It is not every motorcycle marque that can claim as its most famous customer a man who died while riding its product. On a rainy Sunday morning in May of 1935, Colonel Thomas Edward Lawrence swerved his Brough Superior SS100 motorcycle to miss two boys on bicycles and crashed, suffering severe head injuries to which he succumbed six days later.
His death served as a major impetus to the creation of effective crash helmets (which is another story), quite apart from cementing the hagiography of Lawrence of Arabia. But there is some confusion about the bike or bikes involved. He owned eight Brough Superiors, although supposedly the eighth was still being assembled at the factory in Nottingham when he crashed the seventh, George VI. Why was the seventh bike called the sixth? Simply because Lawrence had named his first Brough ‘Boanerges’, a name derived from the Amharic to mean ‘The Thunderer’.
To cater to his modest height of 5’5”, he had the tank of George VI modified so it could accommodate a lowered seat and a bespoke lifting handle which the factory had fitted at his request.
A story in the British newspaper ‘The Telegraph’, which really should have known better, also noted that “With a nod to his duty as an enlisted aircraftman (read his story, it is fascinating), serving at RAF Mount Batten near Plymouth, he also requested that a small receptacle be clamped to the nearside lower section of the front forks, to secure the tip of his military swagger stick.” Enlisted aircraftman John Hume Ross with a swagger stick? I don’t think so. He would, however, have been entitled to a swagger stick in his other persona as Colonel Lawrence CB DSO.
The Telegraph also insists, with perhaps more credibility, that the motorcycle on which Lawrence suffered his fatal crash was not George VI. Was it George VII, supposedly still being assembled in Nottingham? I am sorry to say that I do not know.
“It’s noteworthy that this machine’s registration number of UL 656 was incorrectly displayed on the film prop that actor Peter O’Toole rode at the beginning of David Lean’s 1962 biopic ‘Lawrence of Arabia’,” the newspaper said. “That should have been GW 2275, corresponding to the updated SS 100 model for which George VI was part-exchanged in March 1932, and upon which Lawrence sustained fatal injuries three years later, aged 46.”
Colonel Lawrence died less than 90 years ago, and already we can’t agree on the facts. What we can agree on is that Brough Superior is back.
Paul D’Orléans, one of my favourite commentators on matters of classic bikes, writing in the Motorcycle Arts Foundation production ‘The Vintagent’ about George Brough, notes that “the renown of the Brough Superior is a reflection of several qualities George possessed in abundance: he was a superb rider, one of the best motorcycle stylists in the history of the industry, and equally important, he was simply a genius at PR.”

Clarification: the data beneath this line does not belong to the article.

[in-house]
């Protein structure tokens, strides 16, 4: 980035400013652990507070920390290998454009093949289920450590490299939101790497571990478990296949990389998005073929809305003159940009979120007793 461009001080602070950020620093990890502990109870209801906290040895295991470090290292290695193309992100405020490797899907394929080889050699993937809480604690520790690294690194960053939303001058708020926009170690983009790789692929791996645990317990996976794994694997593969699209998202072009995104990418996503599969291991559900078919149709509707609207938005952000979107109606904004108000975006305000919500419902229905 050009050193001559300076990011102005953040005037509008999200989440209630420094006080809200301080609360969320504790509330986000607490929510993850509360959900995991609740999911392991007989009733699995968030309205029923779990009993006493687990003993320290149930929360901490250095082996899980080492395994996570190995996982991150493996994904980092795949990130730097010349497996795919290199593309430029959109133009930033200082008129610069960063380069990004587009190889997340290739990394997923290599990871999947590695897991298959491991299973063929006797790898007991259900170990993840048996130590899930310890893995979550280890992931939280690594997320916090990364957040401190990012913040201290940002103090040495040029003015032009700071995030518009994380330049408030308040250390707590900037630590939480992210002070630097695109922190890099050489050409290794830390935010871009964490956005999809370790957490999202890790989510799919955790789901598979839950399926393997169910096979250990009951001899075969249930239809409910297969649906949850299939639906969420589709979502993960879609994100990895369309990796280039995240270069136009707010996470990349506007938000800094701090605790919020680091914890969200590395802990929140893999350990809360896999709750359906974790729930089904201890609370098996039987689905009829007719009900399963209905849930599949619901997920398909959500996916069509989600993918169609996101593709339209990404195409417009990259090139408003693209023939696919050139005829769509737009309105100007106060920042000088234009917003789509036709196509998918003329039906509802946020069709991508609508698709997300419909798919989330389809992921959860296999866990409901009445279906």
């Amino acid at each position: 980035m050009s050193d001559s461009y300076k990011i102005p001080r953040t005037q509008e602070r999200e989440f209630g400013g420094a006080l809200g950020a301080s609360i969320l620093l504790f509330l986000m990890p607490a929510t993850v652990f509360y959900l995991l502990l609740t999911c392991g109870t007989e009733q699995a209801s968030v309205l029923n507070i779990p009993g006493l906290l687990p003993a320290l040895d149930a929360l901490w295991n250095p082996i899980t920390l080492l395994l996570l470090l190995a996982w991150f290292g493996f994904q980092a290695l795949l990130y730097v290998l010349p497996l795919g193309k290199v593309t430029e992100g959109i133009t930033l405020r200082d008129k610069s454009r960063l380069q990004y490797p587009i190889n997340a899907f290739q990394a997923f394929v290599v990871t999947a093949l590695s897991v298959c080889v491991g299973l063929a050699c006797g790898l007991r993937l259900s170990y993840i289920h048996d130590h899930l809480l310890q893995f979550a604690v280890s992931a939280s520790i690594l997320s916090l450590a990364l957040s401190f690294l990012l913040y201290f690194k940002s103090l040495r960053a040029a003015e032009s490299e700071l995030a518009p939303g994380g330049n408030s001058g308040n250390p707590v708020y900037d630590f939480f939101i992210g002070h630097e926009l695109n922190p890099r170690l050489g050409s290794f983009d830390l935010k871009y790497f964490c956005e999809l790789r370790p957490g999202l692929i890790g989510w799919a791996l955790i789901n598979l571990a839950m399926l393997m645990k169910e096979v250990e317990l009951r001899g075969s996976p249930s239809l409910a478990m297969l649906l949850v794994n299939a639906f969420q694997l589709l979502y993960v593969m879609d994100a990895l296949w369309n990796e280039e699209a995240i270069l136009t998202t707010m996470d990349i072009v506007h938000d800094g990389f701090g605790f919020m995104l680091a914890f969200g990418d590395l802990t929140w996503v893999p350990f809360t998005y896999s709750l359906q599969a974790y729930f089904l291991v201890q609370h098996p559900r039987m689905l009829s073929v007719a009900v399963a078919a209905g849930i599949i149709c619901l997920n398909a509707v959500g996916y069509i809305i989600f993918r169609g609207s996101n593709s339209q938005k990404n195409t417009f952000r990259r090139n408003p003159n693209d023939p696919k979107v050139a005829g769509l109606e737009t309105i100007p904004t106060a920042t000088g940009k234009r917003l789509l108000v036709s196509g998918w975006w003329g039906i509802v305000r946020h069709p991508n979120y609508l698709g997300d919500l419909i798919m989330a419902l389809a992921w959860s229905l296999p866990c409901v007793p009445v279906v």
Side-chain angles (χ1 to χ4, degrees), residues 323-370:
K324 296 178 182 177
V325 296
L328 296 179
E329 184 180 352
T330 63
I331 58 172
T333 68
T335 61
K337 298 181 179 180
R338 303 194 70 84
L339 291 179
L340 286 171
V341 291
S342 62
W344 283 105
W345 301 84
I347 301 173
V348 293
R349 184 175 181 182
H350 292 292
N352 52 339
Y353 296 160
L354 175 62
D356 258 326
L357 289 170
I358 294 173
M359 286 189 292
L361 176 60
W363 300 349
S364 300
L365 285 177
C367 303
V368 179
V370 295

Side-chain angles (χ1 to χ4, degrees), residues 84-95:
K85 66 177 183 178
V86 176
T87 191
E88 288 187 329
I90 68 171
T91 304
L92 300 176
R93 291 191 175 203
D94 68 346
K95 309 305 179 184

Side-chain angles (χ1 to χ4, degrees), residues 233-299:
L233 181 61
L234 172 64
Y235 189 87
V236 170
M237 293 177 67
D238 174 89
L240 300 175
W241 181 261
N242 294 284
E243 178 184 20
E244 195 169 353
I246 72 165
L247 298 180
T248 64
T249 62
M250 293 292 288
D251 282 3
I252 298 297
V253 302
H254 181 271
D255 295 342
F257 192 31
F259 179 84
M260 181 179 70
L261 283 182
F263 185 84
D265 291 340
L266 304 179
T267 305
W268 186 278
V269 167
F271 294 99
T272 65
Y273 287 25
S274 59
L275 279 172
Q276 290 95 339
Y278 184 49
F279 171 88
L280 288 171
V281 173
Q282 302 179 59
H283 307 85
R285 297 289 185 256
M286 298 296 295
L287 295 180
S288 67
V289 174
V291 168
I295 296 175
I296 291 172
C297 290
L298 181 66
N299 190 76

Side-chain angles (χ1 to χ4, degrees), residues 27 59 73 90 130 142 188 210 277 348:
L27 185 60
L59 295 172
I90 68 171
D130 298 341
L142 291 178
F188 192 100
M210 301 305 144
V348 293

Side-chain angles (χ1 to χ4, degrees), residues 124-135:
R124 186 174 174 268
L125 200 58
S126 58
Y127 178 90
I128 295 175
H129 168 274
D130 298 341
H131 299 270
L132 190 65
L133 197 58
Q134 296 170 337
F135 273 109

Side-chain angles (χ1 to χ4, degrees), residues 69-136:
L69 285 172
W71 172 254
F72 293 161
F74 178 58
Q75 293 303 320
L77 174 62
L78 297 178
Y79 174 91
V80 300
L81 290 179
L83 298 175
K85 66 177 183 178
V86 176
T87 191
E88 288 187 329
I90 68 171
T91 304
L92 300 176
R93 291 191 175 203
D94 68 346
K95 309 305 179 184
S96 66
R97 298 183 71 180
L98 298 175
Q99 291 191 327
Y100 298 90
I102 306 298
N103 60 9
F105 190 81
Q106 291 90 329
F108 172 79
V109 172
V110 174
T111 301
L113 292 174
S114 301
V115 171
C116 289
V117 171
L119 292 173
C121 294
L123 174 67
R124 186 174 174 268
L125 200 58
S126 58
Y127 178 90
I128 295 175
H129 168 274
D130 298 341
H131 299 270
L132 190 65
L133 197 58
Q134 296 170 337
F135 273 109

Nowhere was the last of these qualities more obvious than in his adoption of the phrase “Rolls Royce of Motorcycles”, coined not by Brough but by journalist HD Teague of ‘The Motorcycle’ magazine. Brough was so taken by this that he started using it in his advertising, which did not please the ‘other’ Rolls-Royce. They intended to send a cease-and-desist to protect their brand image, but Brough invited a company representative to come and visit the factory.
He had his workers dress in all-white suits, complete with white gloves, and the look apparently so impressed the man from Rolls-Royce that the company allowed Brough Superior to continue using the phrase.
It would not have been especially difficult for the Brough ‘factory’ to be presented that way; it appears that it did not manufacture much of anything. Parts, including entire drivetrains, were specified by George Brough and then farmed out to be fine-tuned and finally assembled at the Hayden Road works in Nottingham.
“Each motorcycle was assembled twice,” points out one report. “The first assembly was to fit all the components. Then the motorcycle was disassembled and all the parts painted or plated as needed. Finally, the finished parts were assembled a second time. Every motorcycle was test ridden to ensure that it performed to specification, and was personally certified by George Brough. The SS100 model was ridden at 100 mph (160 km/h) or more before delivery and the SS80 model was ridden at 80 mph (130 km/h) or more before delivery. If any motorcycle did not meet specification, it was returned to the works for rework until it performed properly.”
So much for the historic Brough Superior. The marque has resurfaced with three SS100 models, the plain ol’ Super Sport (SS100) with Euro 3 compliance and the Pendine Sand Racer; another SS100 (presumably with later compliance); and the Anniversary edition. And then there’s the AMB 001. This is not an upgraded version of the SS100s; it is a new design – by Thierry Henriette, who also designed the other bikes – linked to Aston Martin cars. It is turbo charged with a unique chassis and you can’t ride it on the road.
I have been offered a ride on one of the SS100s, and while I hope history does not repeat itself and puts boys on bicycles in my path, I cannot wait to sample the modern manifestation of the Brough Superior myself. I’ll keep you informed.
(Photos Brough Superior)